However, Return To Dust, which has gained international acclaim and domestic box office success since its premiere in competition at this year’s Berlinale, was left out. This came as no surprise after its recent withdrawal from Chinese cinemas and streaming platforms after becoming a big talking point on local social media, which reportedly made the authorities uneasy.
No on-site representatives from China could be seen at the China Film Pavilion partly because the country still adheres to a zero-Covid policy, which requires all inbound passengers to quarantine for a minimum of 10 days.
One of the very few mainland Chinese companies that showed up at the market (but not under the China Film Pavilion) was streaming platform iQiyi, which had initially registered as an online exhibitor, but subsequently saw international sales director Bryce Tsao confirm his physical attendance when iQiyi had a trio of films selected for the festival and nominated for Asia Contents Awards.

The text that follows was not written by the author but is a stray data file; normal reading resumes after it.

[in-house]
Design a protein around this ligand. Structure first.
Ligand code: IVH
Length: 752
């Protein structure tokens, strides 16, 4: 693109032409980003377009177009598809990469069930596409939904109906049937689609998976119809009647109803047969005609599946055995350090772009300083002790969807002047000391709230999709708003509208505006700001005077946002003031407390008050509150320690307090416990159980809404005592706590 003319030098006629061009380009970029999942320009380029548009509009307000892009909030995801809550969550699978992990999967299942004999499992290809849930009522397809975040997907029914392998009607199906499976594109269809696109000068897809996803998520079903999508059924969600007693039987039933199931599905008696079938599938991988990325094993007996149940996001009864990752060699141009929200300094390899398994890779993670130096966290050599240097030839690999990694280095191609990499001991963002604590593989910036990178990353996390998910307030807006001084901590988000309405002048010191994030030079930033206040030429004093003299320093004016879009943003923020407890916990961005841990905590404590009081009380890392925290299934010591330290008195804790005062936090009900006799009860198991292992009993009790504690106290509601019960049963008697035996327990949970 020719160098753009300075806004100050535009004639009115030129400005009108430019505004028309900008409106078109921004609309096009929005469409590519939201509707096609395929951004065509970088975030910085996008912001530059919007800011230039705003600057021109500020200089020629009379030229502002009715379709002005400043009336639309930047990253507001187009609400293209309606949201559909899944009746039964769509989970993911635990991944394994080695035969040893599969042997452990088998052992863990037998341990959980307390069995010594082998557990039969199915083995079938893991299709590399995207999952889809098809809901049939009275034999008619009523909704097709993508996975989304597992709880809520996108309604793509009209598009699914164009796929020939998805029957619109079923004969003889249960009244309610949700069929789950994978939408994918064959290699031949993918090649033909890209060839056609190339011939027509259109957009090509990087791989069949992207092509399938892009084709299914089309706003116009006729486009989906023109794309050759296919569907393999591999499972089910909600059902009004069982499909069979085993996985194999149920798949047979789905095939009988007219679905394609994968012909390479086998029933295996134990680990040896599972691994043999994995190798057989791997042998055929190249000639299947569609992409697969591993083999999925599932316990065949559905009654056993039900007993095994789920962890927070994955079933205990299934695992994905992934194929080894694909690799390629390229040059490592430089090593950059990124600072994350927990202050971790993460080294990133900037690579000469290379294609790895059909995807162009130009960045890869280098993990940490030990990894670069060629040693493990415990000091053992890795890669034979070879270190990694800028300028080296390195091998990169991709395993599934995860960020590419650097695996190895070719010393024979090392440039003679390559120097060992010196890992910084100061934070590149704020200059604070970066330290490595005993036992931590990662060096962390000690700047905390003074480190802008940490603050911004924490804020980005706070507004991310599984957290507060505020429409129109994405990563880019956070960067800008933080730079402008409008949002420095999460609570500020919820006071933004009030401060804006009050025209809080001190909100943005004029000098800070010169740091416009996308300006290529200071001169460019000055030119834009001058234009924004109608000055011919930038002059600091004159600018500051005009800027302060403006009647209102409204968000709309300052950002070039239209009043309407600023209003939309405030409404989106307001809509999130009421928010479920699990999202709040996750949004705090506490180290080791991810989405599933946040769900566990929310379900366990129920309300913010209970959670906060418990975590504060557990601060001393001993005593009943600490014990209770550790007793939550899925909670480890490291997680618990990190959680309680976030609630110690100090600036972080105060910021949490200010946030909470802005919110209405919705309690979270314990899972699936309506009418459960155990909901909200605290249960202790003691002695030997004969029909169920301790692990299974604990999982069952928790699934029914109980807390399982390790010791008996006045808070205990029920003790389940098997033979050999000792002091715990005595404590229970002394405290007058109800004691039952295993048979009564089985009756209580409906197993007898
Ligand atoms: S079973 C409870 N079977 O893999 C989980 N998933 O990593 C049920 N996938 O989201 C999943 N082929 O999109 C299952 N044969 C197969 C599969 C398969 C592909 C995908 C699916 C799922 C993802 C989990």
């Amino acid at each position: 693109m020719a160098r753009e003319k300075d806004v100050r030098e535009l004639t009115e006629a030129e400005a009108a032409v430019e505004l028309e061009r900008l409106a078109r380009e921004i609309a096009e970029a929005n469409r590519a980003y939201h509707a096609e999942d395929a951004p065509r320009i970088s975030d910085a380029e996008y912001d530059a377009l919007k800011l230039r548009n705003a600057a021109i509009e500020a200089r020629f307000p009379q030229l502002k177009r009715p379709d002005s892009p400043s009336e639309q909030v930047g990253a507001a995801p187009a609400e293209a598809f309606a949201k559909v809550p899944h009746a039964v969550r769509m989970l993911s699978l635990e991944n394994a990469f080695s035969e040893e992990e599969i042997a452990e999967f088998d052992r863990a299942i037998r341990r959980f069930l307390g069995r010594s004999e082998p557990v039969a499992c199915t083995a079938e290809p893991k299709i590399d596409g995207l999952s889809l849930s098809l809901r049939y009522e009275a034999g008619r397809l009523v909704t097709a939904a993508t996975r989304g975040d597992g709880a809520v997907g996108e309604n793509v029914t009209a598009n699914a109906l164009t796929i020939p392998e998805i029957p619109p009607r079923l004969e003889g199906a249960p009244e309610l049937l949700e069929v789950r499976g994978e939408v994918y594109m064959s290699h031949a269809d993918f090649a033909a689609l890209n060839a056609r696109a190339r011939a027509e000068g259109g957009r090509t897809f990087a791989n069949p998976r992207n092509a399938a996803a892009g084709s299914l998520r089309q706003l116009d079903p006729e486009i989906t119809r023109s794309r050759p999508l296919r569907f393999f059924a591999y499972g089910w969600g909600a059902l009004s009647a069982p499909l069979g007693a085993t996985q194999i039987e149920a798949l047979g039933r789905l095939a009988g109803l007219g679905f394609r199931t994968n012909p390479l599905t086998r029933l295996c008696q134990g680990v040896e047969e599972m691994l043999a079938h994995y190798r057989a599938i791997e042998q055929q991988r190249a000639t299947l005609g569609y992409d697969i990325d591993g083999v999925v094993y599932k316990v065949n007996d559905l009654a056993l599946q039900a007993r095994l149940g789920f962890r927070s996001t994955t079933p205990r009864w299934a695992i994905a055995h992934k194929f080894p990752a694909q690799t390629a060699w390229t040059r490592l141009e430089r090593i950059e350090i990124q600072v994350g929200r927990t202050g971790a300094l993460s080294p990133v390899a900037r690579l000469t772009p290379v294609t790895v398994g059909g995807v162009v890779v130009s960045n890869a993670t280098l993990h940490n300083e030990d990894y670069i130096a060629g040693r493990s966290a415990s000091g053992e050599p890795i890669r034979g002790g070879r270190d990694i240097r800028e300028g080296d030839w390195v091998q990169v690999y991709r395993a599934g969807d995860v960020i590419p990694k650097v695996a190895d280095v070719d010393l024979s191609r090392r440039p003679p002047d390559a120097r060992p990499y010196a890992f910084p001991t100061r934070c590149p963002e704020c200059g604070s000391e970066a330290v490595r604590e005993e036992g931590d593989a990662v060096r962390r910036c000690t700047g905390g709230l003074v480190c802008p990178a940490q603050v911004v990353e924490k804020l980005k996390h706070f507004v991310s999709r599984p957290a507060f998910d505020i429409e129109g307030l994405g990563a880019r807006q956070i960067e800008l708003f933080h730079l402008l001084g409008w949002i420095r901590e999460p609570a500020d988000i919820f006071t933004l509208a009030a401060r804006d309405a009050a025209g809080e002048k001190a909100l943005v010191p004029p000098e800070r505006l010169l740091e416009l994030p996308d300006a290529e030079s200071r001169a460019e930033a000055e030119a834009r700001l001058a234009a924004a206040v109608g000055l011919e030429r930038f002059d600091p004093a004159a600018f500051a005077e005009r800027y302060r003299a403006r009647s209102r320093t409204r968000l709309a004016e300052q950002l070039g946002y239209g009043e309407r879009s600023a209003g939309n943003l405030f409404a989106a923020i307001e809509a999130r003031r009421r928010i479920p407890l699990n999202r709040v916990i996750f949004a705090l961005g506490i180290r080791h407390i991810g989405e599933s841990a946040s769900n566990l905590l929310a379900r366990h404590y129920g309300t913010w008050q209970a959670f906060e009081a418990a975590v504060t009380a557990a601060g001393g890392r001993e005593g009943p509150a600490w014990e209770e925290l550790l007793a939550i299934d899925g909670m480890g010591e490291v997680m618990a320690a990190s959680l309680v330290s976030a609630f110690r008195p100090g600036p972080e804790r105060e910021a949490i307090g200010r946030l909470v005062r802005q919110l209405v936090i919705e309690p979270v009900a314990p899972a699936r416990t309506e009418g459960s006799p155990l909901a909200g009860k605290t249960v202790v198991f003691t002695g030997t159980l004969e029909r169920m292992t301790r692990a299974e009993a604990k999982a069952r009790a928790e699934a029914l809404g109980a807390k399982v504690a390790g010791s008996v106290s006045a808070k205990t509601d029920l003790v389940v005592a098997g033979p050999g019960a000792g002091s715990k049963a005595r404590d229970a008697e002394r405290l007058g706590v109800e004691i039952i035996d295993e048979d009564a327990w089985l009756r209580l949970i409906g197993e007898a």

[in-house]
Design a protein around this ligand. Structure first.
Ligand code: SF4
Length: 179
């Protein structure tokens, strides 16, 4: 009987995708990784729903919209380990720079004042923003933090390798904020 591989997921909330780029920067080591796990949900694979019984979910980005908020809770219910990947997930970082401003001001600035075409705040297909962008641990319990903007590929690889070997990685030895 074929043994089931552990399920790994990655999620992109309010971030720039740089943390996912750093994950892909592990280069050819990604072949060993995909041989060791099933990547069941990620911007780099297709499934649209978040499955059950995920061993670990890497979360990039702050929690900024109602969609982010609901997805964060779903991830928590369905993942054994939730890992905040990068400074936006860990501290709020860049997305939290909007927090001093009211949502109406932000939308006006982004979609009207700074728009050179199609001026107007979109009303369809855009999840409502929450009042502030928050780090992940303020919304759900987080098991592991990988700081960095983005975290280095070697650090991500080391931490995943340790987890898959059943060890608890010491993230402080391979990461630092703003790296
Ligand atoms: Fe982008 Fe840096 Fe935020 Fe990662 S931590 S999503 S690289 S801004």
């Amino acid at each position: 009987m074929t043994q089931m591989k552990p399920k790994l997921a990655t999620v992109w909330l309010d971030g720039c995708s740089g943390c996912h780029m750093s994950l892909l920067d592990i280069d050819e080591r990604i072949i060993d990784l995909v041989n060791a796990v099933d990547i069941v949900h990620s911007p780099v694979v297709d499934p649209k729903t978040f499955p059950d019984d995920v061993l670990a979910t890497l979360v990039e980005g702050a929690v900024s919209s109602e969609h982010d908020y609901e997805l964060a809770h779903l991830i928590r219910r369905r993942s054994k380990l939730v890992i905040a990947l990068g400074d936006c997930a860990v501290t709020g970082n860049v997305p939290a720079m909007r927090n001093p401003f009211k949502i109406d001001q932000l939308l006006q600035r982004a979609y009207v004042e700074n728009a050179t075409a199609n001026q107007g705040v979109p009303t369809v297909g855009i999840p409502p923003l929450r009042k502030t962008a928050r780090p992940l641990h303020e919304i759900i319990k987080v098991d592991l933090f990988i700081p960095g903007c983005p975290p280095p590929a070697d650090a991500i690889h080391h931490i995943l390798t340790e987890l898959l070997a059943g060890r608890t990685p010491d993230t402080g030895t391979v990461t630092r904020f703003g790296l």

Industry preparing for Hong Kong Filmart return
The Hong Kong Trade Development Council (HKTDC) set up shop at ACFM for the first time, promoting the long-awaited return of Hong Kong Filmart as an on-site event.
Filmart, which is considered one of the largest film and TV markets in Asia, has taken place online for the previous three editions due to pandemic and travel restrictions. It is now set to return to the Hong Kong Convention and Exhibition Centre in March 2023, its first physical edition since 2019.
The Hong Kong-Asia Film Financing Forum (HAF), which traditionally takes place in conjunction with Filmart, is also gearing up for an in-person event. HAF representatives from Hong Kong were promoting HAF’s in-development and work-in-progress project market while also looking for potential new projects at ACFM.
Several regular buyers and sellers at Filmart, who attended ACFM, said that they will continue to support the popular market in Hong Kong. But there is also the issue of the National Security Law that China has imposed on the city since mid-2020. Its impact on film censorship, Hong Kong’s economy and even whether it is safe to visit the city are just some of the concerns of those considering whether to make their long-awaited return to Filmart.